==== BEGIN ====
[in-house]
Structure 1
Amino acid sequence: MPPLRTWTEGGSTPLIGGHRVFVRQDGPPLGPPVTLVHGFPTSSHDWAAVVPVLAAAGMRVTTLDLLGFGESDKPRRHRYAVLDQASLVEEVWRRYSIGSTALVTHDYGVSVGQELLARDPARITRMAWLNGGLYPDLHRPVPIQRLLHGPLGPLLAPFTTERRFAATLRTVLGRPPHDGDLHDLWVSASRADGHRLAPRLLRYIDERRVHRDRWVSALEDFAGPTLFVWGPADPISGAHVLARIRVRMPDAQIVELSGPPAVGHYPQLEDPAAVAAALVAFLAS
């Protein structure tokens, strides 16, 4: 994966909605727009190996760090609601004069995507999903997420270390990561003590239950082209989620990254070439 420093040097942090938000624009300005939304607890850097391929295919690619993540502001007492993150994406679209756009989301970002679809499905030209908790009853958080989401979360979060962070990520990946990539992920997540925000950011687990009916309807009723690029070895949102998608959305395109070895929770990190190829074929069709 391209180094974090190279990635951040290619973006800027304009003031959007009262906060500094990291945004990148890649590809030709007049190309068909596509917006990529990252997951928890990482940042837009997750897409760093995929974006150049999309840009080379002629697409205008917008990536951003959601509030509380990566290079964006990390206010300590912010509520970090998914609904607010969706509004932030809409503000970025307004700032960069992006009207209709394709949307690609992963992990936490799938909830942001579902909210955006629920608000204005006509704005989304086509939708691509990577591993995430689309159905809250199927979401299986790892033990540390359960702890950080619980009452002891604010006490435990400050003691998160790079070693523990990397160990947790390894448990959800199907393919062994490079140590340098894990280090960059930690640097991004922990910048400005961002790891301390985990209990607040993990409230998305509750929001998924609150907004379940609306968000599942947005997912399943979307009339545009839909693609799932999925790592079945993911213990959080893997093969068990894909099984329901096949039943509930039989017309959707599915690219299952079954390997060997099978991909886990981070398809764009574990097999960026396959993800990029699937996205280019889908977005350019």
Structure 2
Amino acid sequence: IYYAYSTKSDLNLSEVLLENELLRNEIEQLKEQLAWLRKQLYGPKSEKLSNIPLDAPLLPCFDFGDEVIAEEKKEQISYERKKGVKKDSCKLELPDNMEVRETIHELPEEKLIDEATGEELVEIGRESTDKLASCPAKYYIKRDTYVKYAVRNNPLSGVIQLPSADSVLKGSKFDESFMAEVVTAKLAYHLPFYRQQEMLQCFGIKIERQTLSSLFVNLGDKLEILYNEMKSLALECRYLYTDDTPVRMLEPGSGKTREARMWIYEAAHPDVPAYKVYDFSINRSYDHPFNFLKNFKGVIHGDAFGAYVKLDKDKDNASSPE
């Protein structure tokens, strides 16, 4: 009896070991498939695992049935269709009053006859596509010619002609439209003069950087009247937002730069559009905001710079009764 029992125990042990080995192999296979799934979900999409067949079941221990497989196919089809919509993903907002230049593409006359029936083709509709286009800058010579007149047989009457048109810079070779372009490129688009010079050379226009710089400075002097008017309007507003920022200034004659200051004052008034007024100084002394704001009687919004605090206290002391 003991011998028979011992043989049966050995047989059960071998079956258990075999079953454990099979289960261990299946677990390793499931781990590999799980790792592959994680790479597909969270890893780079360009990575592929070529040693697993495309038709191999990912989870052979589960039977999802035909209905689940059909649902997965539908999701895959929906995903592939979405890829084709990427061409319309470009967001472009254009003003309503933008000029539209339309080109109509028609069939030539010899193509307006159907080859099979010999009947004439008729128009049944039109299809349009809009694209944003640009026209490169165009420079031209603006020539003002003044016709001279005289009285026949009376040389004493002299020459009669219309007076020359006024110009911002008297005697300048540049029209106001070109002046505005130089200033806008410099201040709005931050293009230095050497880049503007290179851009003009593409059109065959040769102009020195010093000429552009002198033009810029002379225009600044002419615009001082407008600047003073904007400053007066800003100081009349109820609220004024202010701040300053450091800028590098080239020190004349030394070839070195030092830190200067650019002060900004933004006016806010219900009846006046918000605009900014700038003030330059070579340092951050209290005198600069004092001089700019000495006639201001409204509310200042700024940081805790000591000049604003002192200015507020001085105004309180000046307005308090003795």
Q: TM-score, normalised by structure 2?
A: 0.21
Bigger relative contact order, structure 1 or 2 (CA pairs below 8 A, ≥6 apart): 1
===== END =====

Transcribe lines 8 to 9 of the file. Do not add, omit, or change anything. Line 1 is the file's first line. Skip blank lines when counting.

Q: TM-score, normalised by structure 2?
A: 0.21